His lawyers want additional items from the crime scene to undergo DNA testing.

The prosecutor’s office immediately appealed the court order to the 5th U.S. Circuit Court of Appeals.

Within 30 minutes of Biery’s order, the U.S. Supreme Court rejected Bartee’s other appeals. The court didn’t comment.

Printed on Thursday, May 3, 2012 as: Federal judge stops man's execution at least temporarily

A federal judge on Monday stopped Texas from preventing Planned Parenthood from getting funds through the state’s Women’s Health Program — a decision the state immediately appealed.

U.S. District Judge Lee Yeakel in Austin ruled there is sufficient evidence that a law banning Planned Parenthood from the program is unconstitutional. He imposed an injunction against enforcing it until he can hear full arguments. Texas Attorney General Greg Abbott appealed Yeakel’s decision to the 5th U.S. Circuit Court of Appeals, asking that it remove
the injunction.

The law passed last year by the Republican-controlled Legislature forbids state agencies from providing funds to an organization affiliated with abortion providers. Texas law already required that groups receiving federal or state funding be legally and financially separate from clinics that perform abortions.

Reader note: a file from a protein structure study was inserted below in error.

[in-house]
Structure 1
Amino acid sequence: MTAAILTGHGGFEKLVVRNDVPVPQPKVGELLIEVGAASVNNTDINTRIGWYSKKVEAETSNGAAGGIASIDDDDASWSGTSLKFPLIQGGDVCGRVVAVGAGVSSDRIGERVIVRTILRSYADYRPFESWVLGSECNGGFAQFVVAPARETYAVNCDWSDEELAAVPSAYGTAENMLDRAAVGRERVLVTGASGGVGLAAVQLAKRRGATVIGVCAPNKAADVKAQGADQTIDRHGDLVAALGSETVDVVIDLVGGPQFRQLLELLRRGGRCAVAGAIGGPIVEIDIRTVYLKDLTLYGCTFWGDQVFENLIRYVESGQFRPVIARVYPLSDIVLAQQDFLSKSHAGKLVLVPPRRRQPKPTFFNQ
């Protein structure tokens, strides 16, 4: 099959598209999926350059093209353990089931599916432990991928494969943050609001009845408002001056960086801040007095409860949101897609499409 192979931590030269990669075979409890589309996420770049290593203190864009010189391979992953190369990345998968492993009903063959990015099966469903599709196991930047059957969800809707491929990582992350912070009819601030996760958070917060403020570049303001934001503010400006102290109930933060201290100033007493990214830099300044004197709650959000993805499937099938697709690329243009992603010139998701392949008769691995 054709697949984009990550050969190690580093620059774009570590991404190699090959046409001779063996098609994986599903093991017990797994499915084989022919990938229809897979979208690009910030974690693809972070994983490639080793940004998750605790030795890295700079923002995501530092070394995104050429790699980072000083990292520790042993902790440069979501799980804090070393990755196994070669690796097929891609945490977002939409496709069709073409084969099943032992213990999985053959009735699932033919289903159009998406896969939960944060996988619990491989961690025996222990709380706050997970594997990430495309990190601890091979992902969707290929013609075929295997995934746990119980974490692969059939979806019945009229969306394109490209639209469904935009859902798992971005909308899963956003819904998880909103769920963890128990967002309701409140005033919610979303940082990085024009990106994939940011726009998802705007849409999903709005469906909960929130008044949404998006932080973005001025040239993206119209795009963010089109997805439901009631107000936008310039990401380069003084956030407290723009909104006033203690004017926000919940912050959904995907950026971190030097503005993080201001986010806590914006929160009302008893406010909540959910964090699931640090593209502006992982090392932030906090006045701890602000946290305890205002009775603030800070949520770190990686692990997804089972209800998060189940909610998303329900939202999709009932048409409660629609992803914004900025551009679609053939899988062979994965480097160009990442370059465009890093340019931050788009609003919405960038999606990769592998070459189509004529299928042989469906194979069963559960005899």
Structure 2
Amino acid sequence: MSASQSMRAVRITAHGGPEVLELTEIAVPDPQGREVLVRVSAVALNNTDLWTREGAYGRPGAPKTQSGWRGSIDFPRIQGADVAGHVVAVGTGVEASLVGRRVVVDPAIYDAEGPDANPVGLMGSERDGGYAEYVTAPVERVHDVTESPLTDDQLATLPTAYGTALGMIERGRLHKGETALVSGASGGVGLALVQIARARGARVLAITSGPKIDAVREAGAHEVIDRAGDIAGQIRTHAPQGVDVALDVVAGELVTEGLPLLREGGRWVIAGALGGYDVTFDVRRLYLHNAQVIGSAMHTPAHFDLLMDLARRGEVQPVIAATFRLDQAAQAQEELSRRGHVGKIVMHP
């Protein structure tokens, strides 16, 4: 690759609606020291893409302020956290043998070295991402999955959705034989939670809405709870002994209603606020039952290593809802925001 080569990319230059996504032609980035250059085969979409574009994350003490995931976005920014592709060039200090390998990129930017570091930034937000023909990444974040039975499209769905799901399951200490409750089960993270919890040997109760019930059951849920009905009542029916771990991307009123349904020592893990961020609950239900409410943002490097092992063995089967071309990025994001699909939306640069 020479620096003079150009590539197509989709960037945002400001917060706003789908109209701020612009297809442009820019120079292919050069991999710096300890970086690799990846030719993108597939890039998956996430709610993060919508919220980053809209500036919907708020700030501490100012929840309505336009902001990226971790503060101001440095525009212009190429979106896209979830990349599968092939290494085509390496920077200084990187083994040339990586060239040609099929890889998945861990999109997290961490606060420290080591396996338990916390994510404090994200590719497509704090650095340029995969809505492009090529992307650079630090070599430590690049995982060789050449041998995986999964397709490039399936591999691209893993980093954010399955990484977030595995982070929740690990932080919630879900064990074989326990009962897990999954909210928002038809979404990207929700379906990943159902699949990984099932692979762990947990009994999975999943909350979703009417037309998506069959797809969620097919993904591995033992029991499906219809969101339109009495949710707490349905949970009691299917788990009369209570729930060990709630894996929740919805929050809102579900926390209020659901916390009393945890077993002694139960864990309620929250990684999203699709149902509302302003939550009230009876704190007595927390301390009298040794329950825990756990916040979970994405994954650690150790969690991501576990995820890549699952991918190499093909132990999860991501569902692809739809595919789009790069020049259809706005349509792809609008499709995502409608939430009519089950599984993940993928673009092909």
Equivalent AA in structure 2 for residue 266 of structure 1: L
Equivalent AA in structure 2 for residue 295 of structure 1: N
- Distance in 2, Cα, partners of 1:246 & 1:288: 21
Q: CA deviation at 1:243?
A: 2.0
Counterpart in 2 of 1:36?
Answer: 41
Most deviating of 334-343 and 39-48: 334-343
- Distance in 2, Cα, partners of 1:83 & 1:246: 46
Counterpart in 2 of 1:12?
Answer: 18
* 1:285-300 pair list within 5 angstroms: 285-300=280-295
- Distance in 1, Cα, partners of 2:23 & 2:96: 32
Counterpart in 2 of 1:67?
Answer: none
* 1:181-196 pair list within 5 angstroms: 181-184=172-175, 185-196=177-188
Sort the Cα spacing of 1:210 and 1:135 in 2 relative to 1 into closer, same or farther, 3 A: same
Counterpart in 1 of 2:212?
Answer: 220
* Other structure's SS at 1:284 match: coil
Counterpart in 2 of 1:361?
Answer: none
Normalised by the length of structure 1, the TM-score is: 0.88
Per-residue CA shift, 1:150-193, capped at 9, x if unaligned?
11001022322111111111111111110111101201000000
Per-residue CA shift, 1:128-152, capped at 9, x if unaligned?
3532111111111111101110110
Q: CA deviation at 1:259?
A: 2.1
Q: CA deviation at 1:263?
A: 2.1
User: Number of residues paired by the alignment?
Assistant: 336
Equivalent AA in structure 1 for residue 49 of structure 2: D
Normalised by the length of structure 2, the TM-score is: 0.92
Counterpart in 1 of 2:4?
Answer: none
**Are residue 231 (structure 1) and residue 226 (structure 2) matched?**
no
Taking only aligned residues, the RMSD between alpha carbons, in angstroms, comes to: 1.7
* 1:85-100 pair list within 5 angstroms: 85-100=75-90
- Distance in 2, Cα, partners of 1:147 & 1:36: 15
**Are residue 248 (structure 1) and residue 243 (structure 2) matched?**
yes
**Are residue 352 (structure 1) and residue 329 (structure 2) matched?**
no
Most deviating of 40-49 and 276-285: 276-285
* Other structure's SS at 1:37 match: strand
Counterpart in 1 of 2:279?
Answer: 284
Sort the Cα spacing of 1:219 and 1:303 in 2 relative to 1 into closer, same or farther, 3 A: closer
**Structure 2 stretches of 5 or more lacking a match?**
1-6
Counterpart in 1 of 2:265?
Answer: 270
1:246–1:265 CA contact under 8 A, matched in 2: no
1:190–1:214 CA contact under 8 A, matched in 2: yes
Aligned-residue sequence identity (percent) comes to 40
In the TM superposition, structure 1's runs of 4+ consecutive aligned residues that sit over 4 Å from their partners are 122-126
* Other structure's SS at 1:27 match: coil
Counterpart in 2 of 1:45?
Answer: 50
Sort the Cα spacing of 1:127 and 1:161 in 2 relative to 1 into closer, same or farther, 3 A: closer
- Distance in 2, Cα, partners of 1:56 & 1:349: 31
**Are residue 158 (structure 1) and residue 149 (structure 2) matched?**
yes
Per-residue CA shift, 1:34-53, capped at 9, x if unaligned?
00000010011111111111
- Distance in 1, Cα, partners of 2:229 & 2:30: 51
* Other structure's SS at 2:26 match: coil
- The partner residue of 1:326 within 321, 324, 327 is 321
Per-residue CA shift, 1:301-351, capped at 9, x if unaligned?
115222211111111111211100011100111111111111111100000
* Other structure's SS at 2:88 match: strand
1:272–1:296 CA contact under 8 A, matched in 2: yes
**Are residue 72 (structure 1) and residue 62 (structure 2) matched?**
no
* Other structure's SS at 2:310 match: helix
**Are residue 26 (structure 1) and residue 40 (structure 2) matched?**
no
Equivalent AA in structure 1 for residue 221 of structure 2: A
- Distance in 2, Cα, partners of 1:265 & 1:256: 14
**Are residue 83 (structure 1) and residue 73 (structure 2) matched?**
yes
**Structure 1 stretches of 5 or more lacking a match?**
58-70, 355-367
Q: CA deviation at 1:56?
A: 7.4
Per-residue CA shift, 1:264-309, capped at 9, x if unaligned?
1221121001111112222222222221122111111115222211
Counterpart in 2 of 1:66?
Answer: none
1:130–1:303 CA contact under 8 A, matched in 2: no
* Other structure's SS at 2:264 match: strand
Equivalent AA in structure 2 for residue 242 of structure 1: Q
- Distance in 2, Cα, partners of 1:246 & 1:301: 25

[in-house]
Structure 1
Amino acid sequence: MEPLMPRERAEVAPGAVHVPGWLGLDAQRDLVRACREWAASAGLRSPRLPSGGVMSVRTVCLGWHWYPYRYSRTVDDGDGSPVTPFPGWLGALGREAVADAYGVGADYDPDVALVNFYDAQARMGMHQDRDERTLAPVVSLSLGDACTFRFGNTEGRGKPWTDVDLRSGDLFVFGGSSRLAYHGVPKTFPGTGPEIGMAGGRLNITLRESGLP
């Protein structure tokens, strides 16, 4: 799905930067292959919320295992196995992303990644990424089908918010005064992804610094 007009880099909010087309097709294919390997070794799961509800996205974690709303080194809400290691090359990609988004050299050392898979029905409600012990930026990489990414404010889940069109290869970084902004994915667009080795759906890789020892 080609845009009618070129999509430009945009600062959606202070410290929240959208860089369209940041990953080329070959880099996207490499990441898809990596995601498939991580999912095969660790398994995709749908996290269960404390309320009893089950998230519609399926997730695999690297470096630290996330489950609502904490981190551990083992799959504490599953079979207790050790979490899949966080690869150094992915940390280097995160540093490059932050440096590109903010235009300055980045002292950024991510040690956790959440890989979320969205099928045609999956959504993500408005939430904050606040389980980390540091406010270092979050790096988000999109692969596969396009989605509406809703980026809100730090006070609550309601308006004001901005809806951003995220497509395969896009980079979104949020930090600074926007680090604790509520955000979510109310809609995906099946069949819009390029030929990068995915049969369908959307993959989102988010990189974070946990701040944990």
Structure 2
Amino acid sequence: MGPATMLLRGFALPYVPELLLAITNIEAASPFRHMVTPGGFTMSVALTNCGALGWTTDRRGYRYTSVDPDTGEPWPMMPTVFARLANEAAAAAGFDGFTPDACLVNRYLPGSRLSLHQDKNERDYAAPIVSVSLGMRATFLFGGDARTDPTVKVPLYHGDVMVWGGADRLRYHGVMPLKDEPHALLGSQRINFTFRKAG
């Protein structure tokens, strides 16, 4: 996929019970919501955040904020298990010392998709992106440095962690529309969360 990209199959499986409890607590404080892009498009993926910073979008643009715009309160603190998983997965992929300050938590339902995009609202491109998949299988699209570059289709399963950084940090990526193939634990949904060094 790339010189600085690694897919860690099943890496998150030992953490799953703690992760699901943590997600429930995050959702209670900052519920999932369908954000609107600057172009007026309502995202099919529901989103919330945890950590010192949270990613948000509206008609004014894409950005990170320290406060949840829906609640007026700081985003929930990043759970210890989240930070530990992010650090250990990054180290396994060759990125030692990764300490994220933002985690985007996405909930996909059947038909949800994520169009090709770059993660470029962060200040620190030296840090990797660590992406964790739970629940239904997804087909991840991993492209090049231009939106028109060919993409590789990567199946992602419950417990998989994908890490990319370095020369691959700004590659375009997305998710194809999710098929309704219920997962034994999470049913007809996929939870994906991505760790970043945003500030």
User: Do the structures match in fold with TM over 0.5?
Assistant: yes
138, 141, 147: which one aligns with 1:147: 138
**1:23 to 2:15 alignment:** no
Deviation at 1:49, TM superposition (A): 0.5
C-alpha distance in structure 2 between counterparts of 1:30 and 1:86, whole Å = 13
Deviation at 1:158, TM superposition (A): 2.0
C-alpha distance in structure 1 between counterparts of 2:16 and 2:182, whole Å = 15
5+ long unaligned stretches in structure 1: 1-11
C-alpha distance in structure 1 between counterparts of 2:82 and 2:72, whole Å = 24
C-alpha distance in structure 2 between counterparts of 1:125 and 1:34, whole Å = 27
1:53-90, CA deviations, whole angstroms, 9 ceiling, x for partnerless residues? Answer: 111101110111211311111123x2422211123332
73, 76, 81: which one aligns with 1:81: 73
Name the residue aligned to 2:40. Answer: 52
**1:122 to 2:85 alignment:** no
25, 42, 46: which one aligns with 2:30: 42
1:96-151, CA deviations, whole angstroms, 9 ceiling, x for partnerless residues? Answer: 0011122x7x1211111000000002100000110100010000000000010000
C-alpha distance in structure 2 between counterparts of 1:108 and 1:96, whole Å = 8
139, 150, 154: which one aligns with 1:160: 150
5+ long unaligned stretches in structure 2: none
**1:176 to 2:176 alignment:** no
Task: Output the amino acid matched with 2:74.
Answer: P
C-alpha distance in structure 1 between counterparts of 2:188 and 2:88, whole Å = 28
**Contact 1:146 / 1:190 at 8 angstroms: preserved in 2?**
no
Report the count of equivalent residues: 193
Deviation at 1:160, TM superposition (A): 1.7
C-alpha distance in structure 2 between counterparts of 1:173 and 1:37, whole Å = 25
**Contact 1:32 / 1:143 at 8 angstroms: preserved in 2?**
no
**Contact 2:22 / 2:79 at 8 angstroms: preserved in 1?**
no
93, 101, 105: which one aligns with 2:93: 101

Eight Planned Parenthood clinics that do not provide abortions sued over the new law. The clinics say it unconstitutionally restricts their freedom of speech and association to qualify to take part in state health programs.

The judge accepted Planned Parenthood’s argument that banning the organization from the program would leave women without access to clinics for basic health services.

“The court is particularly influenced by the potential for immediate loss of access to necessary medical services by several thousand Texas women,” Yeakel wrote in his ruling. “The record before the court at this juncture reflects uncertainty as to the continued viability of the Texas Women’s Health Program.”